Broiler chicken houses come in various sizes – depending on how many broilers you wish to raise. Broiler chickens are chickens that are grown for eating. Layer hens are raised for egg production. A layer house is generally higher and wider than a broiler house – so as to accommodate the layer cages. When you buy your day old chicks you will need to decide whether you are doing free range chickens, organic chickens or intensive chicken farming – for intensive chicken farming the chicks are often de-beaked – for organic and free range you may not use chicks that have been debeaked.
How big should the chicken house be?
To work out how big you house should be you need to decide how many chickens you want to place per square meter – 12 broilers per square meter is safe – 15 broilers per square meter is acceptable and 20 chickens per square meter is pushing your luck.
Lets say you have decided on 15 broiler chickens per square meter for you chicken house. You now decide you want to raise a 1000 broilers. Divide 1000 broilers by 15 chickens per square meter – 1000 / 15 = 70 (rounded up) – 70 square meter chicken house is required.
Next you look at the space you have available to erect a broiler house. Lets say your plot is 20 meters long and 10 meters wide. You will need a long narrow house. A good size would be a 12m x 6m house – 12 x 6 = 72 square meters. You will need to take into account space for the concrete floor (not critical but really helpful). The floor, or apron, should be at least 1/2 a meter wider than the structure – 1m is better if you can afford it. The concrete mix should be strong enough, so that when you scrub the floor every 6 weeks at the end of the cycle, the concrete does not wear. A wider section at the front of the house is also advised – this is where your foot bath will go – and will give you space when cleaning and feeding.
Poultry houses and broiler houses come in almost any size
– a few standard widths are 6m and 3m – lengths are 6m, 12m, 15m, 21m, and 30m. Playing around with the length and breadth you can easily find a suitable size broiler chicken house. If you plan to start a commercial chicken farm then you will use a steel structure with bricks – this could be an open environment chicken house or a closed environment broiler house. Small steel structures do not need building plans or engineers certificates – but large poultry structures do. How many chickens you place will determined the size of your broiler house – the other way to work out how many broilers you will need is to work from a budget – how big a chicken house can you afford. If you buy wisely the house will be able to be extended – so rather start with a wider steel structure and add on as you need. Remember that the broilers will cycle every 6 – 8 weeks – you will need 2 weeks to clean and allow the house to stand empty after cleaning.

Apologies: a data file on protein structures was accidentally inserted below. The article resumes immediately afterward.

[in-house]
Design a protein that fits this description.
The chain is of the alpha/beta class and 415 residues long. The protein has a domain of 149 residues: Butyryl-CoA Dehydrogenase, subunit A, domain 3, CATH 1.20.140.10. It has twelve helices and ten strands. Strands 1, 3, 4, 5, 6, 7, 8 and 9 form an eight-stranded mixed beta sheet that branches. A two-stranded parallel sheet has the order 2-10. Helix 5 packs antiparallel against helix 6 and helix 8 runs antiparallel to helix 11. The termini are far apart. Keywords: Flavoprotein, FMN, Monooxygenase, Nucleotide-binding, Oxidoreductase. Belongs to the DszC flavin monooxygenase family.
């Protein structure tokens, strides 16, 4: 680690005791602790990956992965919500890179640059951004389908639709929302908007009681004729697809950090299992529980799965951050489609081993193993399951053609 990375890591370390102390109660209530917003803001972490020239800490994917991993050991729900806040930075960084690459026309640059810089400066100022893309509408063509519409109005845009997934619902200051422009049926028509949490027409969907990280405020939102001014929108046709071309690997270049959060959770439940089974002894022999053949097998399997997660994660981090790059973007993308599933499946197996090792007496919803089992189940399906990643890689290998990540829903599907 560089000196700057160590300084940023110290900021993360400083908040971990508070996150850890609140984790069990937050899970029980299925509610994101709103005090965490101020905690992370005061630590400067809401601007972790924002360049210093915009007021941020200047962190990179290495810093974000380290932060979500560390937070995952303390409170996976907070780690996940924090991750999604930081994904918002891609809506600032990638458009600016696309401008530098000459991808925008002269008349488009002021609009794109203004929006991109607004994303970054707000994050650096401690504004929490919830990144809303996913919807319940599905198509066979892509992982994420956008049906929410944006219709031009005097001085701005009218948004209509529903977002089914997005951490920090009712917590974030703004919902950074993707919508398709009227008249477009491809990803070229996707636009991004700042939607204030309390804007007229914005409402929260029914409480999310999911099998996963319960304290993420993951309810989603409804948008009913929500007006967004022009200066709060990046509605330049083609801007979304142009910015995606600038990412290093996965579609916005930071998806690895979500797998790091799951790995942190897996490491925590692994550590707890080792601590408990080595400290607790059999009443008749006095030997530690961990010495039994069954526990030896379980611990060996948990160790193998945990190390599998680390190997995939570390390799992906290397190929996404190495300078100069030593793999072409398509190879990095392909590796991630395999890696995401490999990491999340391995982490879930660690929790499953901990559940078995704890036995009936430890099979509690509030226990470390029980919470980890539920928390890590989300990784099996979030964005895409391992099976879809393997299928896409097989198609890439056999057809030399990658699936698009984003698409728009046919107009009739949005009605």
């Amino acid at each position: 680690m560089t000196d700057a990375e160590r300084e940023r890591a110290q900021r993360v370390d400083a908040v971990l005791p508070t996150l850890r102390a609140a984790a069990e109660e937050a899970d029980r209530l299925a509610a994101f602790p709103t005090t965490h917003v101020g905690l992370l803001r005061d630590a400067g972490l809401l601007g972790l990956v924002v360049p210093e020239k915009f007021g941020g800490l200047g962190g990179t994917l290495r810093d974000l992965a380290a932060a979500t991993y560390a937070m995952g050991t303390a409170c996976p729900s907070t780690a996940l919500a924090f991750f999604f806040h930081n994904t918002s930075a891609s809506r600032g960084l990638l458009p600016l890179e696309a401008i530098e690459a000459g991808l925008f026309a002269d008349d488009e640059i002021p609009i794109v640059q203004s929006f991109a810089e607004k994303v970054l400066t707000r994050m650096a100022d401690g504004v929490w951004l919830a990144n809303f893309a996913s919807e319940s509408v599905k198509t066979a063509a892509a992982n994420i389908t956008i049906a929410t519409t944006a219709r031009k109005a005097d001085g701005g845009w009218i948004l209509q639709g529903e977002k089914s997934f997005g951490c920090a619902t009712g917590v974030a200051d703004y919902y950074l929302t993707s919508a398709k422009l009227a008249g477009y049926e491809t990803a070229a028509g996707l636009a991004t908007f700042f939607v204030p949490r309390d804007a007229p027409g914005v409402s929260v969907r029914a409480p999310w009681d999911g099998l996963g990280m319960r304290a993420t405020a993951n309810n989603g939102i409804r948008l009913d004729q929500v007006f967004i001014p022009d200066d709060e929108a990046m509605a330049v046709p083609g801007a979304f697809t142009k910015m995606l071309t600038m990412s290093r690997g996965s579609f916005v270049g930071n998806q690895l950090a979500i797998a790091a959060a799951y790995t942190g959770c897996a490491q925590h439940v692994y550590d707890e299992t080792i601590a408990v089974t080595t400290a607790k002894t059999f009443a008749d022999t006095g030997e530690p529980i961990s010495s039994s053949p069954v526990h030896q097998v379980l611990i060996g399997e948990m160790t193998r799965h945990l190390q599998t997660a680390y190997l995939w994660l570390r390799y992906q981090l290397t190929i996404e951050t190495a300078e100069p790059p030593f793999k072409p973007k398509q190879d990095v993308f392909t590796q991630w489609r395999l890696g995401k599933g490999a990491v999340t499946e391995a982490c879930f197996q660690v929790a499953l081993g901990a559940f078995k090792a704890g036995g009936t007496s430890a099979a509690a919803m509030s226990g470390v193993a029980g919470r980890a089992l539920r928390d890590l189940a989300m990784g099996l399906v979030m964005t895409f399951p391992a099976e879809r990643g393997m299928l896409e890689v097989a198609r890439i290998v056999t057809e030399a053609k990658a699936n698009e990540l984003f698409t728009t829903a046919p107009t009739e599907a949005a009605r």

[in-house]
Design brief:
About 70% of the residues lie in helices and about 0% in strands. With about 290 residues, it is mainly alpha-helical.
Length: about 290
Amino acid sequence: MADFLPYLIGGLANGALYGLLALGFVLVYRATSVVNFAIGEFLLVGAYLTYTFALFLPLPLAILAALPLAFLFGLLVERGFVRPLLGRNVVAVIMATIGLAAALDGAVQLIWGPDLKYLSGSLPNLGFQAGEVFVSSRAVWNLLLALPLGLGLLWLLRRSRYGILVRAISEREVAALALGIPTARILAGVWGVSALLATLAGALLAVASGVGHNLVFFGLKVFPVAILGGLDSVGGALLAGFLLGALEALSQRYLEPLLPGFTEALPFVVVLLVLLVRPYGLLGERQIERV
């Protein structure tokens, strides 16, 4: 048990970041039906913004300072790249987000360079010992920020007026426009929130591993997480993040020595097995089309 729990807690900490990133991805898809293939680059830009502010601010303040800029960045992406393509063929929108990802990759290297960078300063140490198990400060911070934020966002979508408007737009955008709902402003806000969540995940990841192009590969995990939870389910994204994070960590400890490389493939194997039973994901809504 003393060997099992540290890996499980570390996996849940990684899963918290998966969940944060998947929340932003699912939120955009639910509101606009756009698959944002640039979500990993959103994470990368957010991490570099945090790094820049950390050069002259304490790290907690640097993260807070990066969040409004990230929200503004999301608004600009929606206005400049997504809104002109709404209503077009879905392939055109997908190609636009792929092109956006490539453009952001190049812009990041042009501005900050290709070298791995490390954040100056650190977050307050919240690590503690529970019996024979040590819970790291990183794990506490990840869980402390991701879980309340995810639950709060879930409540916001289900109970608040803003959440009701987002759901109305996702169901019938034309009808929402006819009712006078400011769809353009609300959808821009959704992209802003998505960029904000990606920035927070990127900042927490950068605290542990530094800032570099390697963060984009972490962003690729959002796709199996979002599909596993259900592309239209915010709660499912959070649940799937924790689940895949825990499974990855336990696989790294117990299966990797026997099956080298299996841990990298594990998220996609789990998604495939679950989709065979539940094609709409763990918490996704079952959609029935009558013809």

You will need to put new shavings in and also clean, scrub and sanitise all the poultry equipment in the chicken coop before you place new day old chickens. If you plan to supply chickens for slaughter every week you will need 6 chicken houses – one for every week and then 2 for the 2 weeks that the hen houses need to stand empty. If you are planning a large chicken house – you will need to break down the chain feeding systems (troughs and couplers, motors) and the nipple drinking system – this take time! Do not think you can shorten the standing and cleaning time – your day olds will die if the coop is not properly cleaned and dried. The only way to shorten the process is to sell lighter birds – this means that they will only be in the house for 4 or 5 weeks – depending on the finished weight you plan to sell. This is driven by the needs of your customer – what weight chicken do they want to buy? Generally super markets want medium size birds – some of the chicken take always want small, and others want large – do your market research first – don’t wait until your hens are ready for sale and then try and find a customer – you may need to send them to an abattoir first – depending on the arrangement you have with the client. Another place to sell chicken meat is by a contract – you approach the larger chicken suppliers like Rainbow and get a contract – beware of this though – they are very strict about how your poultry farm, and what poultry equipment you can use.